According to Faux and Sevush, these factors regarding Defamation and Right of Publicity make themselves pertinent to you whenever you license a play to a producer.  That is, you often must sign a statement to the effect that you “warrant and represent” that you own the rights to whatever it is you’re publishing or licensing for performance. The contract might also make you “warrant and represent” that there is nothing defamatory in your work.  Sevush cautioned that playwrights should not make “over-broad declarations” in any contract that they sign–nor should you be forced to–for instance, that your play is not obscene.  Sevush noted that obscenity is decided locally and producer has to decide what he/she/they want to produce and where to produce it–NOT THE PLAYWRIGHT.

Again, the discussion of the Rights of Publicity came up, with a few relevant past cases being highlighted — celebrity (pecuniary, name/likeness for commercial purpose)

Often the contract that you sign with a producer can be accompanied by E&O Insurance, short for errors and omissions.  Faux and Sevush encouraged that you should ensure that you are included on this insurance policy if a producer gets it.

Found Scores

Should you use music in your play?  If you are, chances point to the fact that you should get permission to do so.

There are several places that you can go to license music:

When it comes to licensing there are small rights and there are grand rights.  Here is a link to a website that outlines some of the rights that pertain to music and performance. According to the website I link to above, small rights are called “nondramatic performance rights;” and grand rights are called “dramatic performance rights”.  Unfortunately, that sounds clearer than it is.  For instance, simply using the song in a play is not in-and-of-itself the “dramatization” of the song, and so may only require “small rights”–as a song is not inherently dramatic.  If, however, you are “dramatizing” the song, you will need to get “grand rights”.  So, if for some reason you decided to make a play out of the song “Me and Bobby McGee” you would have to get “grand rights.”  Grand rights are usually held by the writer of the song.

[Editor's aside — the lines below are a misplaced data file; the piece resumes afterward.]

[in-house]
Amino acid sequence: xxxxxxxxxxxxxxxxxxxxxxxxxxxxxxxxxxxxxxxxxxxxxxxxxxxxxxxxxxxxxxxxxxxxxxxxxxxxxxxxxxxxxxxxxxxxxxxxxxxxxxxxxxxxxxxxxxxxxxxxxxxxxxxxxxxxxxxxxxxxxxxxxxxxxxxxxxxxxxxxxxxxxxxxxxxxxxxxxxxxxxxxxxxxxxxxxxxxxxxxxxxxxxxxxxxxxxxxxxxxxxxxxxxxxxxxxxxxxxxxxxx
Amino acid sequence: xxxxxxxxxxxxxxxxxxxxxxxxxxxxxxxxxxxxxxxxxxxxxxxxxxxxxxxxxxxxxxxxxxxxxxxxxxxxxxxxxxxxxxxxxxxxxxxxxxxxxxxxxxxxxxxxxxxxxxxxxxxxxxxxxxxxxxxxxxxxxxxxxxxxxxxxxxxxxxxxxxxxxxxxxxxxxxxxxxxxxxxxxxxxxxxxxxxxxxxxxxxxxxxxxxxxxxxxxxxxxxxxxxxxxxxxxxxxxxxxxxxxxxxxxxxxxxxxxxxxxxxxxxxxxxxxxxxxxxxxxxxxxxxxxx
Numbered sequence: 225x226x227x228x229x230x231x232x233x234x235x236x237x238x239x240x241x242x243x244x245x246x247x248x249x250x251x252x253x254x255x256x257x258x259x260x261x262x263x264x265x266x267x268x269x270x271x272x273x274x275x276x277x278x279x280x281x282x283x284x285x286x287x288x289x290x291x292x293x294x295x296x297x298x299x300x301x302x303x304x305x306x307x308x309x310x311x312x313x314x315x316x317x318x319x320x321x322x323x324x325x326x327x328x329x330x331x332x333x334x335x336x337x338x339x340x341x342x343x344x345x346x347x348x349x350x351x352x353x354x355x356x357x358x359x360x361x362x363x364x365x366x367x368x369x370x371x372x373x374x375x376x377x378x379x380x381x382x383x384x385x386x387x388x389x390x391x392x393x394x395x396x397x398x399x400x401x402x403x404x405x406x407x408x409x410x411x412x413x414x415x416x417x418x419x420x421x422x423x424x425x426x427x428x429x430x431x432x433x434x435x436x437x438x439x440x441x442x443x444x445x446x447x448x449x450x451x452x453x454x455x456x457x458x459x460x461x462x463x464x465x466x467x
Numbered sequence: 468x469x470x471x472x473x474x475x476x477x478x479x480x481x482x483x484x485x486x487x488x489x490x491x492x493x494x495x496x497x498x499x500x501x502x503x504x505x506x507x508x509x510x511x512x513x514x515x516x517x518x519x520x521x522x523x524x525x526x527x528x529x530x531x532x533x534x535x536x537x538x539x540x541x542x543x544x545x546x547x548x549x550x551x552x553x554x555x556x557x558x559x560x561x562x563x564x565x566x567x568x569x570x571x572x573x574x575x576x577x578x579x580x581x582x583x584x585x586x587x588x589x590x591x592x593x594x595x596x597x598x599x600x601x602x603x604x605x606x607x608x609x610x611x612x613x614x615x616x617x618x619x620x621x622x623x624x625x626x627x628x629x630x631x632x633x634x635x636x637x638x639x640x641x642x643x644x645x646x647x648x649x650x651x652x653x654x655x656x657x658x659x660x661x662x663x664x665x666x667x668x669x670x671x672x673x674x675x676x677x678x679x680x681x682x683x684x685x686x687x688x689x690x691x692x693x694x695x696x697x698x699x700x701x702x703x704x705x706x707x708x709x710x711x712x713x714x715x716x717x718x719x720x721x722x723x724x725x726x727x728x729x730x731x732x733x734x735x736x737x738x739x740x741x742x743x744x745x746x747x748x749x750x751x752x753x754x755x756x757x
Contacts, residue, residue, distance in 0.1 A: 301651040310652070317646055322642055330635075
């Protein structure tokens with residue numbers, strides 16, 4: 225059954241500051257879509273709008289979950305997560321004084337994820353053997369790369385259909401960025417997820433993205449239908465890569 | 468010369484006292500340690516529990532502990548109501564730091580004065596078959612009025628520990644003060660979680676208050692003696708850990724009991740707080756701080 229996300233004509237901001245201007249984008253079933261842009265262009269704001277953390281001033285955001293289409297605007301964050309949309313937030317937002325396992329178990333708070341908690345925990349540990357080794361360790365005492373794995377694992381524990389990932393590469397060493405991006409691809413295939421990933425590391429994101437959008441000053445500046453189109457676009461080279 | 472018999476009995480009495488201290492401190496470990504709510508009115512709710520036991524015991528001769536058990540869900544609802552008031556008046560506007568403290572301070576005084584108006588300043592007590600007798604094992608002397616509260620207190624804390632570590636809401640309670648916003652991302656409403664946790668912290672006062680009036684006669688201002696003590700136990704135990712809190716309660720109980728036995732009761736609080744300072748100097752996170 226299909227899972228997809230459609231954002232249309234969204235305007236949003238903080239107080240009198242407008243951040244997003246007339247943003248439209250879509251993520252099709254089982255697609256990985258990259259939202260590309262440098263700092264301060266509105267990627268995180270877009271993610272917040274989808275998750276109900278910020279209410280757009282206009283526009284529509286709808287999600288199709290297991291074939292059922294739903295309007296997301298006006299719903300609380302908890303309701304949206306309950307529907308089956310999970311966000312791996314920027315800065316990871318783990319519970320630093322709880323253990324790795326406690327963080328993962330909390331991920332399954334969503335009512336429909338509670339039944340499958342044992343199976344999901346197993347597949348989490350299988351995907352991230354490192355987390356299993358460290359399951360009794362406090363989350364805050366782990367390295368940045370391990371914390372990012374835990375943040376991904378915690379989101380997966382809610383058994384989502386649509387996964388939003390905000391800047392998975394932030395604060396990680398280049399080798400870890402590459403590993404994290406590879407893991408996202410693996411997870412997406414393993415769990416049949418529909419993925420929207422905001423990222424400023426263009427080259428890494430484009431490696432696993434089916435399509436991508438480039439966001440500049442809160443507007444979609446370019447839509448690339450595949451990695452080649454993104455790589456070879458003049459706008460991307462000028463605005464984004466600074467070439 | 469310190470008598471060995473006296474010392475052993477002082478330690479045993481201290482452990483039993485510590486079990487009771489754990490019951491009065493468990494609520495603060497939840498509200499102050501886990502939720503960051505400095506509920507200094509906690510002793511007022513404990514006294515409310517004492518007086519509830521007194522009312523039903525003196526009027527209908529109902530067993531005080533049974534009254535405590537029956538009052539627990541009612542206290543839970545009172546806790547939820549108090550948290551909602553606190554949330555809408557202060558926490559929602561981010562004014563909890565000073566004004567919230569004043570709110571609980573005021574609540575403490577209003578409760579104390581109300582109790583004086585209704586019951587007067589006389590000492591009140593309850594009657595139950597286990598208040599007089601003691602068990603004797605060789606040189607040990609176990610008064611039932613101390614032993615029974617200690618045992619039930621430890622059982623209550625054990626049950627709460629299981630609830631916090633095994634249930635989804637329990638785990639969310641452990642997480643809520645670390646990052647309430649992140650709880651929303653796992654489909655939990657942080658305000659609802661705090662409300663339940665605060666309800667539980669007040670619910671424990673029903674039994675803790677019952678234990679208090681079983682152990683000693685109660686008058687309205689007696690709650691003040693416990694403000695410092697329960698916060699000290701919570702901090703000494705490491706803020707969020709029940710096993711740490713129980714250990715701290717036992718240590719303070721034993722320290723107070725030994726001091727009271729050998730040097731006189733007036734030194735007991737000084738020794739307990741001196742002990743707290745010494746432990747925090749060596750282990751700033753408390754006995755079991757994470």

Faux and Sevush pointed to ASCAP, BMI, and SESAC for small rights.  Faux and Sevush also noted that grand rights can pertain to the whole of a work — but might also qualify if you are using music to advance the plot or character development in your play. Regardless, they both note that you should assume that you should have to get permission.

Grand rights are what playwrights own with regard to their script (use of songs in a narrative or dramatic way).

Sevush and Faux also discussed parody (fair use, valuable form of comment and criticism) on the subject that is being discussed. They pointed to the use of Roy Orbison’s song “Pretty Woman” by 2 Live Crew.

Parody/Satire Distinction

Parody is directly making fun of one thing, but Satire is using one thing to comment on or make fun of something else (Dr Seuss / OJ Case)

Licensing Music for Your Play

Music should be licensed by the producer.  Sevush was careful to point out that if you, as a playwright, are indicating the use of music in your play that you should note the following distinction:

  • Use the words, "and then a song like comes on the radio…"  producer pays
  • Use the words, "and then Born to Run by Bruce…" comes on the radio playwright pays

One question that I had, which I didn’t get to ask, is what happens when you contact one of these companies on multiple occasions and get no response?  For my part, in my most recent play Patterns, I went right ahead and used the music.  I figured, if some music publisher made a stink about it, I had the multiple unanswered emails to demonstrate that I had made an effort.